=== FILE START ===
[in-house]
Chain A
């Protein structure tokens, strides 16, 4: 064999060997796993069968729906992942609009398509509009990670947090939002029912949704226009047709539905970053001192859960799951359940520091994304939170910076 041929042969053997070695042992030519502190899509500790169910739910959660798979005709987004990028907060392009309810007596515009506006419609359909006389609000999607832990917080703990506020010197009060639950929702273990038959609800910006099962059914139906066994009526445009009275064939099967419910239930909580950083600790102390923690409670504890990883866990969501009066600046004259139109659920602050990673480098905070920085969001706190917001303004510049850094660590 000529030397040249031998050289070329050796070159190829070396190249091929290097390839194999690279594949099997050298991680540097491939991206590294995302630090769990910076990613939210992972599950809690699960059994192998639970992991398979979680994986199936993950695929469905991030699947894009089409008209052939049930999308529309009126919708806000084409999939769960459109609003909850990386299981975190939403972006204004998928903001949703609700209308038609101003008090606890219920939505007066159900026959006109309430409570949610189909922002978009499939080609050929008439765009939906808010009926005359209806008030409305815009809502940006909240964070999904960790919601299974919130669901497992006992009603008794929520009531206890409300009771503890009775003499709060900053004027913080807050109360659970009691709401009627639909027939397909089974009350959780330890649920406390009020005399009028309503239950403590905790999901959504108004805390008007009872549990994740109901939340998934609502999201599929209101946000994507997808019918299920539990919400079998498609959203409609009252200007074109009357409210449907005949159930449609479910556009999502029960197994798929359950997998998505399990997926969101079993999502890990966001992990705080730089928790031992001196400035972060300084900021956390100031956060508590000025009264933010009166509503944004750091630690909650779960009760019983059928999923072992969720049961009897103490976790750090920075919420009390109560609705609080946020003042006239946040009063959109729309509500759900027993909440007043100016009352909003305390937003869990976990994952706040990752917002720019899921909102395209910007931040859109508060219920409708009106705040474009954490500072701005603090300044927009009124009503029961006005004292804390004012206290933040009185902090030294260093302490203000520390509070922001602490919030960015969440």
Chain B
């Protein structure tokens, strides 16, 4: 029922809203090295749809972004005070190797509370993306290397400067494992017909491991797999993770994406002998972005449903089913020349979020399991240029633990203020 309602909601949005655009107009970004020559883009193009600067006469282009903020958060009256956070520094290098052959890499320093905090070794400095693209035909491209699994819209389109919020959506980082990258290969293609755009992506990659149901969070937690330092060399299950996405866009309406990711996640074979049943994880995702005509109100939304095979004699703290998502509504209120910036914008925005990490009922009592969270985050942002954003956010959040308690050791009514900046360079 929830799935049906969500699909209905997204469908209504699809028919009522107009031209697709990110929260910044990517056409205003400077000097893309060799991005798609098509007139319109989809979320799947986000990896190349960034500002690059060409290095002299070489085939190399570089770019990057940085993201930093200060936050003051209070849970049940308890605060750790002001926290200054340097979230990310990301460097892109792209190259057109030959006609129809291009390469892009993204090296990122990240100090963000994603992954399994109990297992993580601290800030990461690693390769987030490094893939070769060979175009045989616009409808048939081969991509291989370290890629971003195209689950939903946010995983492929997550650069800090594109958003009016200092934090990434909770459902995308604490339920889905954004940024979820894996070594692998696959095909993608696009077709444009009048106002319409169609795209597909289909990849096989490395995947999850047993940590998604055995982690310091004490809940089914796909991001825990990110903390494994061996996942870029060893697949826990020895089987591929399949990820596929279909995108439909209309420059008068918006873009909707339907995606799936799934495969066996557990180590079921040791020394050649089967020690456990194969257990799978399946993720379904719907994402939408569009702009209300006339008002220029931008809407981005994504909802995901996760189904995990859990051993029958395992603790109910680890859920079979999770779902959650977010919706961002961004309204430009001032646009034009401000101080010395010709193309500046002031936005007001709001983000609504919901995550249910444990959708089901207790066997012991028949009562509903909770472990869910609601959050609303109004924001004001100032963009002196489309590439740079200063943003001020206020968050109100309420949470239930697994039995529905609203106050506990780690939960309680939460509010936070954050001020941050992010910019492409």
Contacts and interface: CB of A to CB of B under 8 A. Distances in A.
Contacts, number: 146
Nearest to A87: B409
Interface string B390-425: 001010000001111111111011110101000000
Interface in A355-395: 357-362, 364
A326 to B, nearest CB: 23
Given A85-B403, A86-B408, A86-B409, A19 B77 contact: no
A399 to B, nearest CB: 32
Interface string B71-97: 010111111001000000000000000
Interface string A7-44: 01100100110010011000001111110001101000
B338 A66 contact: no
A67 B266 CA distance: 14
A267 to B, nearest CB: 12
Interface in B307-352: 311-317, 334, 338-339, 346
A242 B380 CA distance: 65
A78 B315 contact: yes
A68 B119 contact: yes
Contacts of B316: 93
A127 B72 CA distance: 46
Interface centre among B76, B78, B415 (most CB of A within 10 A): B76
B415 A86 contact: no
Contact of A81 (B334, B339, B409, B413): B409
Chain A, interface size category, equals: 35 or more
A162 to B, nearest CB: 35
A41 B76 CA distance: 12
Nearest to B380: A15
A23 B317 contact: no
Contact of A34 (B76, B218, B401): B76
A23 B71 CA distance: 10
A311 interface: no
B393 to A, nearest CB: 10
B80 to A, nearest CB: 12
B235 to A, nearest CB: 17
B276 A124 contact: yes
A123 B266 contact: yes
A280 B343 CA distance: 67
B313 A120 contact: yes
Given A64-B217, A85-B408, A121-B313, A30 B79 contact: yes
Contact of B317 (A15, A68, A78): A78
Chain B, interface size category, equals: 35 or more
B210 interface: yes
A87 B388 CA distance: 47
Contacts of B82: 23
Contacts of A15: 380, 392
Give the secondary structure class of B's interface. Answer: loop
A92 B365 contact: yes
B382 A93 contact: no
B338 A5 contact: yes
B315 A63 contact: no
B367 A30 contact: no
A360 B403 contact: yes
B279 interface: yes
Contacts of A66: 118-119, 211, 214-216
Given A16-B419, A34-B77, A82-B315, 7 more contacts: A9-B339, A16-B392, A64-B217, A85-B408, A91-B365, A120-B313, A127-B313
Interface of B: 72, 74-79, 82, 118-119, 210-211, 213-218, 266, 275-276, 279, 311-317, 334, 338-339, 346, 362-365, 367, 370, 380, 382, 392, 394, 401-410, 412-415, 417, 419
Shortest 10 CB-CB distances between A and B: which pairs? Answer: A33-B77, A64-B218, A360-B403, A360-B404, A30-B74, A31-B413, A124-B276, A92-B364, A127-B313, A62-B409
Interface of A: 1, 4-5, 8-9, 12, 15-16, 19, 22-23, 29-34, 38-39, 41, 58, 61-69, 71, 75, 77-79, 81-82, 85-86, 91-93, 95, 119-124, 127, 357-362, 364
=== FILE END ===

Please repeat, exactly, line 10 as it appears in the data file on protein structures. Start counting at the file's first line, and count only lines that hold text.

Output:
Interface in A355-395: 357-362, 364